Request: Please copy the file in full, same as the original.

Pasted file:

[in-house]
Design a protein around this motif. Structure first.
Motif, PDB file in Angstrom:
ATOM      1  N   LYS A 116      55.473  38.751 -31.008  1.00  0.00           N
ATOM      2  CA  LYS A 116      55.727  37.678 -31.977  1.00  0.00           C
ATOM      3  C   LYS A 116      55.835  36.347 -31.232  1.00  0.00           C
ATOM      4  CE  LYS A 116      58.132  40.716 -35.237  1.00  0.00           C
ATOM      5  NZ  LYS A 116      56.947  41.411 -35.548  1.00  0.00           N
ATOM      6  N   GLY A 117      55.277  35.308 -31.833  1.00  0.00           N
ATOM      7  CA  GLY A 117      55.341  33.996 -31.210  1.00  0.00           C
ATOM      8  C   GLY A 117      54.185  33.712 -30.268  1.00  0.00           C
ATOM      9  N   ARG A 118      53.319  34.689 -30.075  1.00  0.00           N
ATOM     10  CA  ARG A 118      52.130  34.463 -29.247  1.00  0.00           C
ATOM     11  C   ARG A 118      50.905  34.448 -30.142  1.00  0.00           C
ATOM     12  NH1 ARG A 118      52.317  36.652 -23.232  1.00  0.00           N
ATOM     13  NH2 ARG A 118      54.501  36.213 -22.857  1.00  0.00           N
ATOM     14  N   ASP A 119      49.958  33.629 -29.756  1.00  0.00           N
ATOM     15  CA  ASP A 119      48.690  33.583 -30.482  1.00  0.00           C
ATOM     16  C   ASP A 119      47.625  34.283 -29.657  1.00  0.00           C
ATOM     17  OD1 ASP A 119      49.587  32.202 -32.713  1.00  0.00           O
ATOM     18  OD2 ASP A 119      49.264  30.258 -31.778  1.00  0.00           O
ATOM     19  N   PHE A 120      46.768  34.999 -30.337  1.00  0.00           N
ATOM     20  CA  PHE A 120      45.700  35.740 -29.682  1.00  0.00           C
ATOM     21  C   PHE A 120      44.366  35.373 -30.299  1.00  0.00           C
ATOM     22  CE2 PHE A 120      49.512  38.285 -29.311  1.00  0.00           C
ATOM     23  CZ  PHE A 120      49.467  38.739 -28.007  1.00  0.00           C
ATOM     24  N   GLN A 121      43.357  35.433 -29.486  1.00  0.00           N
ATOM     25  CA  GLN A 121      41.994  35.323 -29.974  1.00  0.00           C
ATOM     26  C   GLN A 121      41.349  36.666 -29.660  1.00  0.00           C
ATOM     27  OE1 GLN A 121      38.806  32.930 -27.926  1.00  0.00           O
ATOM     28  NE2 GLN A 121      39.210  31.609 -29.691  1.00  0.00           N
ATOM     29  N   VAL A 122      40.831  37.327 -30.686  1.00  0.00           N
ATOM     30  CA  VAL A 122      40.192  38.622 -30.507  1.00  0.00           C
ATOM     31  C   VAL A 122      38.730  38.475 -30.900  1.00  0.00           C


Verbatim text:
[in-house]
Design a protein around this motif. Structure first.
Motif, PDB file in Angstrom:
ATOM      1  N   LYS A 116      55.473  38.751 -31.008  1.00  0.00           N
ATOM      2  CA  LYS A 116      55.727  37.678 -31.977  1.00  0.00           C
ATOM      3  C   LYS A 116      55.835  36.347 -31.232  1.00  0.00           C
ATOM      4  CE  LYS A 116      58.132  40.716 -35.237  1.00  0.00           C
ATOM      5  NZ  LYS A 116      56.947  41.411 -35.548  1.00  0.00           N
ATOM      6  N   GLY A 117      55.277  35.308 -31.833  1.00  0.00           N
ATOM      7  CA  GLY A 117      55.341  33.996 -31.210  1.00  0.00           C
ATOM      8  C   GLY A 117      54.185  33.712 -30.268  1.00  0.00           C
ATOM      9  N   ARG A 118      53.319  34.689 -30.075  1.00  0.00           N
ATOM     10  CA  ARG A 118      52.130  34.463 -29.247  1.00  0.00           C
ATOM     11  C   ARG A 118      50.905  34.448 -30.142  1.00  0.00           C
ATOM     12  NH1 ARG A 118      52.317  36.652 -23.232  1.00  0.00           N
ATOM     13  NH2 ARG A 118      54.501  36.213 -22.857  1.00  0.00           N
ATOM     14  N   ASP A 119      49.958  33.629 -29.756  1.00  0.00           N
ATOM     15  CA  ASP A 119      48.690  33.583 -30.482  1.00  0.00           C
ATOM     16  C   ASP A 119      47.625  34.283 -29.657  1.00  0.00           C
ATOM     17  OD1 ASP A 119      49.587  32.202 -32.713  1.00  0.00           O
ATOM     18  OD2 ASP A 119      49.264  30.258 -31.778  1.00  0.00           O
ATOM     19  N   PHE A 120      46.768  34.999 -30.337  1.00  0.00           N
ATOM     20  CA  PHE A 120      45.700  35.740 -29.682  1.00  0.00           C
ATOM     21  C   PHE A 120      44.366  35.373 -30.299  1.00  0.00           C
ATOM     22  CE2 PHE A 120      49.512  38.285 -29.311  1.00  0.00           C
ATOM     23  CZ  PHE A 120      49.467  38.739 -28.007  1.00  0.00           C
ATOM     24  N   GLN A 121      43.357  35.433 -29.486  1.00  0.00           N
ATOM     25  CA  GLN A 121      41.994  35.323 -29.974  1.00  0.00           C
ATOM     26  C   GLN A 121      41.349  36.666 -29.660  1.00  0.00           C
ATOM     27  OE1 GLN A 121      38.806  32.930 -27.926  1.00  0.00           O
ATOM     28  NE2 GLN A 121      39.210  31.609 -29.691  1.00  0.00           N
ATOM     29  N   VAL A 122      40.831  37.327 -30.686  1.00  0.00           N
ATOM     30  CA  VAL A 122      40.192  38.622 -30.507  1.00  0.00           C
ATOM     31  C   VAL A 122      38.730  38.475 -30.900  1.00  0.00           C